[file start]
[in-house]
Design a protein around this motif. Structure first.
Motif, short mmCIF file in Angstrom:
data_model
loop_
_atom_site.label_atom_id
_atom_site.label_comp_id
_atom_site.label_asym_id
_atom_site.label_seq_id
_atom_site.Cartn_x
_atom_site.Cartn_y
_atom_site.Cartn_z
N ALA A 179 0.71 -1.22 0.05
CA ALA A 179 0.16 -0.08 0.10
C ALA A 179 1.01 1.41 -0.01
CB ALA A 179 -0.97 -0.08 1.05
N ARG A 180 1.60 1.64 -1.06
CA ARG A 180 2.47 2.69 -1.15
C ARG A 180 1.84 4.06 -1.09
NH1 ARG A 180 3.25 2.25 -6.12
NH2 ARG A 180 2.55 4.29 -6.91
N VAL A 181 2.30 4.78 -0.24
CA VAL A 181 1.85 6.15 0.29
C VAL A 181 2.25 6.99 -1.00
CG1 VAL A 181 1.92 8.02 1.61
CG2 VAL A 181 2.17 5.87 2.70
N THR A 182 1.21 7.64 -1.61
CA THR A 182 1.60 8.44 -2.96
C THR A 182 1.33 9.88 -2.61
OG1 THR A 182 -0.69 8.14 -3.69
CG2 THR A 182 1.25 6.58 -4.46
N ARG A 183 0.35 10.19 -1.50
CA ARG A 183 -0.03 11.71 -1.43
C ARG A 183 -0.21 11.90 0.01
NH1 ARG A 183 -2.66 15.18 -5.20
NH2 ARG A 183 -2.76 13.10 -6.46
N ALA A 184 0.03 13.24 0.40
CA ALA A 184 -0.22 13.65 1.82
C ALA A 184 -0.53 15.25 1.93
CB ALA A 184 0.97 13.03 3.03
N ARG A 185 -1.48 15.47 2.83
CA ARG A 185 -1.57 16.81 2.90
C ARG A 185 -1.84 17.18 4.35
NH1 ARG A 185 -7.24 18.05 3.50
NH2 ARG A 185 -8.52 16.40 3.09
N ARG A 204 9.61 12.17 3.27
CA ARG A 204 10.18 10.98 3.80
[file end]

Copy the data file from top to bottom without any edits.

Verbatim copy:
[in-house]
Design a protein around this motif. Structure first.
Motif, short mmCIF file in Angstrom:
data_model
loop_
_atom_site.label_atom_id
_atom_site.label_comp_id
_atom_site.label_asym_id
_atom_site.label_seq_id
_atom_site.Cartn_x
_atom_site.Cartn_y
_atom_site.Cartn_z
N ALA A 179 0.71 -1.22 0.05
CA ALA A 179 0.16 -0.08 0.10
C ALA A 179 1.01 1.41 -0.01
CB ALA A 179 -0.97 -0.08 1.05
N ARG A 180 1.60 1.64 -1.06
CA ARG A 180 2.47 2.69 -1.15
C ARG A 180 1.84 4.06 -1.09
NH1 ARG A 180 3.25 2.25 -6.12
NH2 ARG A 180 2.55 4.29 -6.91
N VAL A 181 2.30 4.78 -0.24
CA VAL A 181 1.85 6.15 0.29
C VAL A 181 2.25 6.99 -1.00
CG1 VAL A 181 1.92 8.02 1.61
CG2 VAL A 181 2.17 5.87 2.70
N THR A 182 1.21 7.64 -1.61
CA THR A 182 1.60 8.44 -2.96
C THR A 182 1.33 9.88 -2.61
OG1 THR A 182 -0.69 8.14 -3.69
CG2 THR A 182 1.25 6.58 -4.46
N ARG A 183 0.35 10.19 -1.50
CA ARG A 183 -0.03 11.71 -1.43
C ARG A 183 -0.21 11.90 0.01
NH1 ARG A 183 -2.66 15.18 -5.20
NH2 ARG A 183 -2.76 13.10 -6.46
N ALA A 184 0.03 13.24 0.40
CA ALA A 184 -0.22 13.65 1.82
C ALA A 184 -0.53 15.25 1.93
CB ALA A 184 0.97 13.03 3.03
N ARG A 185 -1.48 15.47 2.83
CA ARG A 185 -1.57 16.81 2.90
C ARG A 185 -1.84 17.18 4.35
NH1 ARG A 185 -7.24 18.05 3.50
NH2 ARG A 185 -8.52 16.40 3.09
N ARG A 204 9.61 12.17 3.27
CA ARG A 204 10.18 10.98 3.80